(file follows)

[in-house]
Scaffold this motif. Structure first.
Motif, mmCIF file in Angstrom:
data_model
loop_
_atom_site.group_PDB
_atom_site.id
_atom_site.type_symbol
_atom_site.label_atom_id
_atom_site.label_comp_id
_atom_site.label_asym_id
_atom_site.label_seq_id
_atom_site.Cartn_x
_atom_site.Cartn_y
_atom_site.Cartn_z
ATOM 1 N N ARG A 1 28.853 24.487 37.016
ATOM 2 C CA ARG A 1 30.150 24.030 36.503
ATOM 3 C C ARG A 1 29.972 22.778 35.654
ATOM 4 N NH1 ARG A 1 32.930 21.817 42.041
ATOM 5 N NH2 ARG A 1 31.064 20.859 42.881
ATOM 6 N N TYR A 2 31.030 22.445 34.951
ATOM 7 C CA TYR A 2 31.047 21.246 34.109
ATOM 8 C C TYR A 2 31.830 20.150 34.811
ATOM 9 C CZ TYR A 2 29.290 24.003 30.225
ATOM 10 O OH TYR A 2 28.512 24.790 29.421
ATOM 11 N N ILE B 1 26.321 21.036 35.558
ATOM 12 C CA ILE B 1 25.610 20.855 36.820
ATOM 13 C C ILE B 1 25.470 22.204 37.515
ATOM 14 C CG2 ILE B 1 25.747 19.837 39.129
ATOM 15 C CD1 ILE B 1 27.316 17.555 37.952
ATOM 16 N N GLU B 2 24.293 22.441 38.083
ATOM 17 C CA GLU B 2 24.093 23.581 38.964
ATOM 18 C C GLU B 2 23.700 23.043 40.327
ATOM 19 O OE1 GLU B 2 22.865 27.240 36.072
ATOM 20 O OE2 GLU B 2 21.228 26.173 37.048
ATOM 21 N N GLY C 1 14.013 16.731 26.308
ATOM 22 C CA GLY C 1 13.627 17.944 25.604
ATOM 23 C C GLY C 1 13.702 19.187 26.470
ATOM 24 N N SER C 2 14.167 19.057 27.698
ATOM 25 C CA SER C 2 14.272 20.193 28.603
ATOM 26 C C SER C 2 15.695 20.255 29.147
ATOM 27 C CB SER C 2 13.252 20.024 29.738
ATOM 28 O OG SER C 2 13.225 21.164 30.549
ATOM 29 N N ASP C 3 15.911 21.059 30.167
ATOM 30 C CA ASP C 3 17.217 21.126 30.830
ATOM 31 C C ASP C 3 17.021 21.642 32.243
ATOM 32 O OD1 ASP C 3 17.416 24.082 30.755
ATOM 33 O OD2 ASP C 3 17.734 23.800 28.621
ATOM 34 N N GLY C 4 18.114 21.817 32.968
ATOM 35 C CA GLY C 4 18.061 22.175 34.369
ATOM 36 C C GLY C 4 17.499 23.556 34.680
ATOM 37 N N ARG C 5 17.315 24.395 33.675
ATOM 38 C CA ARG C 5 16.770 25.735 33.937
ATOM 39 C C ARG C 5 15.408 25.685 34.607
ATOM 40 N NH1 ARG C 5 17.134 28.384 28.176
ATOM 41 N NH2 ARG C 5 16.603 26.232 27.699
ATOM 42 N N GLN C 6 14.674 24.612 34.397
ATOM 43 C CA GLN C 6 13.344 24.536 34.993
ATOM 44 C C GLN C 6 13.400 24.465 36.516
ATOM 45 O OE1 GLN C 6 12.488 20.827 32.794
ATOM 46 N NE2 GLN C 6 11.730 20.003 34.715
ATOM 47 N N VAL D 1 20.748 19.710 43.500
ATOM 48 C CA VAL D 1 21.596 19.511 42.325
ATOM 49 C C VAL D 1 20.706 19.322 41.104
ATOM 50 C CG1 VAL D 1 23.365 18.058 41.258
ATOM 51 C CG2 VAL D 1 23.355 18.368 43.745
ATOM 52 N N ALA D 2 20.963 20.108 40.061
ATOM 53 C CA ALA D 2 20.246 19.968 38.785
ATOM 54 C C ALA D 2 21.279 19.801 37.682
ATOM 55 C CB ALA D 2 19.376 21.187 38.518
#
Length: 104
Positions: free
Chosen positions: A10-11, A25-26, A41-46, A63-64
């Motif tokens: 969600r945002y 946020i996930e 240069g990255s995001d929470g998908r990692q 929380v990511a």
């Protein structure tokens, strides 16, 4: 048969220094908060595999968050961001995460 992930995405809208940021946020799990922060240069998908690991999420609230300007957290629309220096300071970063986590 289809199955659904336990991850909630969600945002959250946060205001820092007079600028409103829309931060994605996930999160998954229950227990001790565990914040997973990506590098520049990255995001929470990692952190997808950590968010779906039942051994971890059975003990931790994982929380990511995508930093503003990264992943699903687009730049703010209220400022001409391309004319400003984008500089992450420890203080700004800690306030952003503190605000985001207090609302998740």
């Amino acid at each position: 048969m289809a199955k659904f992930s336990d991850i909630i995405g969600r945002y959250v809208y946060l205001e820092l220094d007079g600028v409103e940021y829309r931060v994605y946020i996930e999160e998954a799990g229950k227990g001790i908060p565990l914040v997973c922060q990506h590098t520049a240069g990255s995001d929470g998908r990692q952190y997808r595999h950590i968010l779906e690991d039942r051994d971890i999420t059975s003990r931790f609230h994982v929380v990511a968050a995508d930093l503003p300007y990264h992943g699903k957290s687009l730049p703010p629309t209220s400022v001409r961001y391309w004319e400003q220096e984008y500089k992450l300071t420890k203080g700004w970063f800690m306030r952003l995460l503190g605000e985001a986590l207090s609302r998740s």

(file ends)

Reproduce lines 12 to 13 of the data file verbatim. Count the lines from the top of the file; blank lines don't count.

_atom_site.label_seq_id
_atom_site.Cartn_x